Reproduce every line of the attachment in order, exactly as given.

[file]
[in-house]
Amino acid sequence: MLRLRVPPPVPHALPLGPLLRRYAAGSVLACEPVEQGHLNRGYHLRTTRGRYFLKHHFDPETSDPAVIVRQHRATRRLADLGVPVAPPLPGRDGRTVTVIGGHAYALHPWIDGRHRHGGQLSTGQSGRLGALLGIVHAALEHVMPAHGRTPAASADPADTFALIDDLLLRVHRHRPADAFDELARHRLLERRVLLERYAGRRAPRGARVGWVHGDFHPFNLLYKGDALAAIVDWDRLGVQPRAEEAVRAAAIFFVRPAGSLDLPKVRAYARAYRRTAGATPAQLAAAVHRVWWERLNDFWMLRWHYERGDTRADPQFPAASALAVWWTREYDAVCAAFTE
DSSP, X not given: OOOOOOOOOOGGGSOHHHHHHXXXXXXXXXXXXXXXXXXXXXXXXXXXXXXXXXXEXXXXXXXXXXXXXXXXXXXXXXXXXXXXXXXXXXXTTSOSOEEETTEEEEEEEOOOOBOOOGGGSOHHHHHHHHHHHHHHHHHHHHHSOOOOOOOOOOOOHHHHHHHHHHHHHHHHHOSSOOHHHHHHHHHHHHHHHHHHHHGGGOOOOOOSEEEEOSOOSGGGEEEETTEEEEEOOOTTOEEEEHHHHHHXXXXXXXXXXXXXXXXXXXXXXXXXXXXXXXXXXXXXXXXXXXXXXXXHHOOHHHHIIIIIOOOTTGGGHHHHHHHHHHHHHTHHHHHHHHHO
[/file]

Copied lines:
[in-house]
Amino acid sequence: MLRLRVPPPVPHALPLGPLLRRYAAGSVLACEPVEQGHLNRGYHLRTTRGRYFLKHHFDPETSDPAVIVRQHRATRRLADLGVPVAPPLPGRDGRTVTVIGGHAYALHPWIDGRHRHGGQLSTGQSGRLGALLGIVHAALEHVMPAHGRTPAASADPADTFALIDDLLLRVHRHRPADAFDELARHRLLERRVLLERYAGRRAPRGARVGWVHGDFHPFNLLYKGDALAAIVDWDRLGVQPRAEEAVRAAAIFFVRPAGSLDLPKVRAYARAYRRTAGATPAQLAAAVHRVWWERLNDFWMLRWHYERGDTRADPQFPAASALAVWWTREYDAVCAAFTE
DSSP, X not given: OOOOOOOOOOGGGSOHHHHHHXXXXXXXXXXXXXXXXXXXXXXXXXXXXXXXXXXEXXXXXXXXXXXXXXXXXXXXXXXXXXXXXXXXXXXTTSOSOEEETTEEEEEEEOOOOBOOOGGGSOHHHHHHHHHHHHHHHHHHHHHSOOOOOOOOOOOOHHHHHHHHHHHHHHHHHOSSOOHHHHHHHHHHHHHHHHHHHHGGGOOOOOOSEEEEOSOOSGGGEEEETTEEEEEOOOTTOEEEEHHHHHHXXXXXXXXXXXXXXXXXXXXXXXXXXXXXXXXXXXXXXXXXXXXXXXXHHOOHHHHIIIIIOOOTTGGGHHHHHHHHHHHHHTHHHHHHHHHO